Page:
To all of the Cathedral Builders

A friend sent this to me earlier today. I’ve not seen it before, though I’m sure some of you have since I got it through e-mail as it made its rounds. If you’ve not read it, take the time to do so now. There were a couple of things that I highlighted that really hit home with me. I think this little essay explains a lot. I also think that though I’m really glad I have read it now, it would have been good for me to read it long ago. . .when two were in diapers and couldn’t tie their shoes. It’s still good for me to read–to remember–especially since I’m on the cusp of becoming much more invisible than I already am as my kids approach adolescence. Pass it on to moms you know could use some encouragement.

Invisible Moms

I’m invisible.

It all began to make sense, the blank stares, the lack of response, the way one of the kids will walk into the room while I’m on the phone and ask to be taken to the store. Inside I’m thinking, “Can’t you see I’m on the phone?”
Obviously not. No one can see if I am on the phone, or cooking, or sweeping the floor, or even standing on my head in the corner, because no one can see me at all.

I’m invisible.

Some days I am only a pair of hands, nothing more: Can you fix this? Can you tie this? Can you open this? Some days I’m not a pair of hands; I’m not even a human being. I’m a clock to ask, “What time is it?” I’m a satellite guide to answer, “What number is the Disney Channel?” I’m a car to order, “Right around 5:30, please.” I was certain that these were the hands that once held books and the eyes that studied history and the mind that graduated summa cum laude–but now they had disappeared into the peanut butter, never to be seen again.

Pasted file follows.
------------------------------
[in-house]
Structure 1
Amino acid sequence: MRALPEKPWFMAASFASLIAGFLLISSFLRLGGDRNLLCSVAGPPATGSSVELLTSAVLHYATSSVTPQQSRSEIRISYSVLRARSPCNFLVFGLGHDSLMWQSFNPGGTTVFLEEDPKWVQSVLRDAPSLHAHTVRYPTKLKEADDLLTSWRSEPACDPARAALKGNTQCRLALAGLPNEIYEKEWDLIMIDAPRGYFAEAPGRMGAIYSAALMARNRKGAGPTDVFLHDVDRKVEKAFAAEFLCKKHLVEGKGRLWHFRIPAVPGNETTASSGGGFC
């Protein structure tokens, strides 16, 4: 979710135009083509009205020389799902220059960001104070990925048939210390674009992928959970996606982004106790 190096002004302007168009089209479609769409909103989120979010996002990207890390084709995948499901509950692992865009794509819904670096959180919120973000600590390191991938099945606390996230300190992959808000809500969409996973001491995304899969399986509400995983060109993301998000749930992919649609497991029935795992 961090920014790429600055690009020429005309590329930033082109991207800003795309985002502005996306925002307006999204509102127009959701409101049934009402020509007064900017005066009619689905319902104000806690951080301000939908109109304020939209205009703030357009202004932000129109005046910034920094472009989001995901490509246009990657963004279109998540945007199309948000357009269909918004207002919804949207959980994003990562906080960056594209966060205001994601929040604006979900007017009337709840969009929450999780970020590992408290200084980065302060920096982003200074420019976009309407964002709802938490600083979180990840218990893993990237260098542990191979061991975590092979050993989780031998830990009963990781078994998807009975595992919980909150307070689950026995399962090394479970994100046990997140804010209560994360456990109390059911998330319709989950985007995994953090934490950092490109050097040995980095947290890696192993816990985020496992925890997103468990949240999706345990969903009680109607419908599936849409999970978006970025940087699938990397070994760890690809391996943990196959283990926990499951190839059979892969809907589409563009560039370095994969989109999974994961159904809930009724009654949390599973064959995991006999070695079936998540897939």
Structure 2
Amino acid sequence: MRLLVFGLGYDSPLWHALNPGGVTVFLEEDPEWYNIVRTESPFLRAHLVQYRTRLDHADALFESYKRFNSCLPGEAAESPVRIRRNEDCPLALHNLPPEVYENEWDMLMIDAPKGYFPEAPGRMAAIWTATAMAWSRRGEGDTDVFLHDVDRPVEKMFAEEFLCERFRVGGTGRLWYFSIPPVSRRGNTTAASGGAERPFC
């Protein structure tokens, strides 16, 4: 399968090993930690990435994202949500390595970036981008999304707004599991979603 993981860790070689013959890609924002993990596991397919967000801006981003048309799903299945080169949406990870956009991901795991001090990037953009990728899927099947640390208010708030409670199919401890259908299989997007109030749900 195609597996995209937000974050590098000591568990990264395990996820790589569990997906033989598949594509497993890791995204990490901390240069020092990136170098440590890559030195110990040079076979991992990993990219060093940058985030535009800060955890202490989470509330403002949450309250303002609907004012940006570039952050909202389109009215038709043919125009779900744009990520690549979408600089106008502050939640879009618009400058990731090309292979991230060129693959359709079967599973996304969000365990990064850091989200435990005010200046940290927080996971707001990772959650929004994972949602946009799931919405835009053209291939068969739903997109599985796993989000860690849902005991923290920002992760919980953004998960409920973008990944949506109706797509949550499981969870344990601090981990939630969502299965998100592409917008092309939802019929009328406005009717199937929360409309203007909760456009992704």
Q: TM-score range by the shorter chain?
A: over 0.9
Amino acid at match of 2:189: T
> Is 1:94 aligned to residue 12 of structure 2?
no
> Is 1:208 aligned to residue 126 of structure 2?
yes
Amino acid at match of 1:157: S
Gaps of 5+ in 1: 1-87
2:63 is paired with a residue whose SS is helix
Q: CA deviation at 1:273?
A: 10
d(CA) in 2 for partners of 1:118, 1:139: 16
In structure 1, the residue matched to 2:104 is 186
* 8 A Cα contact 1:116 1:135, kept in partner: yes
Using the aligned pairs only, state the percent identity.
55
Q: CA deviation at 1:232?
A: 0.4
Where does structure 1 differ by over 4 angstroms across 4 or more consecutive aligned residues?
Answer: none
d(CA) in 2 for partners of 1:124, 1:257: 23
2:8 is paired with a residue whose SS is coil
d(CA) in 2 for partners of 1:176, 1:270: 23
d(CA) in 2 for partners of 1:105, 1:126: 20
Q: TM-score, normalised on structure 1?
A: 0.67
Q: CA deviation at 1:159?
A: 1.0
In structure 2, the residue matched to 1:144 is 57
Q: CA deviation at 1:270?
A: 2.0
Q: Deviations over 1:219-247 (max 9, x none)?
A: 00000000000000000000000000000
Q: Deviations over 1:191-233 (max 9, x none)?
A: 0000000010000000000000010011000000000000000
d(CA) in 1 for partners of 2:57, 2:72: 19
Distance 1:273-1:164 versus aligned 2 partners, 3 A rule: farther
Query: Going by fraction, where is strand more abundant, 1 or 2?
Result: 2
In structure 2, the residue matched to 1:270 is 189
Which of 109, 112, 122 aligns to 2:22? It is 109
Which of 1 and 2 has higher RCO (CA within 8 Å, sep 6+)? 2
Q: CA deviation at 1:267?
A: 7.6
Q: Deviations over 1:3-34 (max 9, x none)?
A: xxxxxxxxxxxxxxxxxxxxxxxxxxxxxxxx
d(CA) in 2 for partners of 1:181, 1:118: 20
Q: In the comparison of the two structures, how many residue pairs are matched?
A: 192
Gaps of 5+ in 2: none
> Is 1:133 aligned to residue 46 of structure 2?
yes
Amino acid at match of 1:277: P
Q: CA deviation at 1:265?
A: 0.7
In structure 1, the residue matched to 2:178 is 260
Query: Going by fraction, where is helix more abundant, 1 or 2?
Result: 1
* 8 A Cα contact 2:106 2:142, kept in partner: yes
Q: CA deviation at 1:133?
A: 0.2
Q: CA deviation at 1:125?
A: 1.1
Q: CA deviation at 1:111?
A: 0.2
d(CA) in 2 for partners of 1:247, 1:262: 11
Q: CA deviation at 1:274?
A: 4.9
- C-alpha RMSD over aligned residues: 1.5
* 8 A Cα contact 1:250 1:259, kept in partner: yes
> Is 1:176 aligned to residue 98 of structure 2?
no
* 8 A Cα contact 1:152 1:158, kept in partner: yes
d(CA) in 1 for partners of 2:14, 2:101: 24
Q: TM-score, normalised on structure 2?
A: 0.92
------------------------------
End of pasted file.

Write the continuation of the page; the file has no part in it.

She’s going–she’s going–she’s gone!

One night, a group of us were having dinner, celebrating the return of a friend from England. Janice had just gotten back from a fabulous trip, and she was going on and on about the hotel she stayed in.

I was sitting there, looking around at the others all put together so well. It was hard not to compare and feel sorry for myself as I looked down at my out-of-style dress; it was the only thing I could find that was clean. My unwashed hair was pulled up in a banana clip and I was afraid I could actually smell peanut butter in it. I was feeling pretty pathetic, when Janice turned to me with a beautifully wrapped package, and said, “I brought you this.”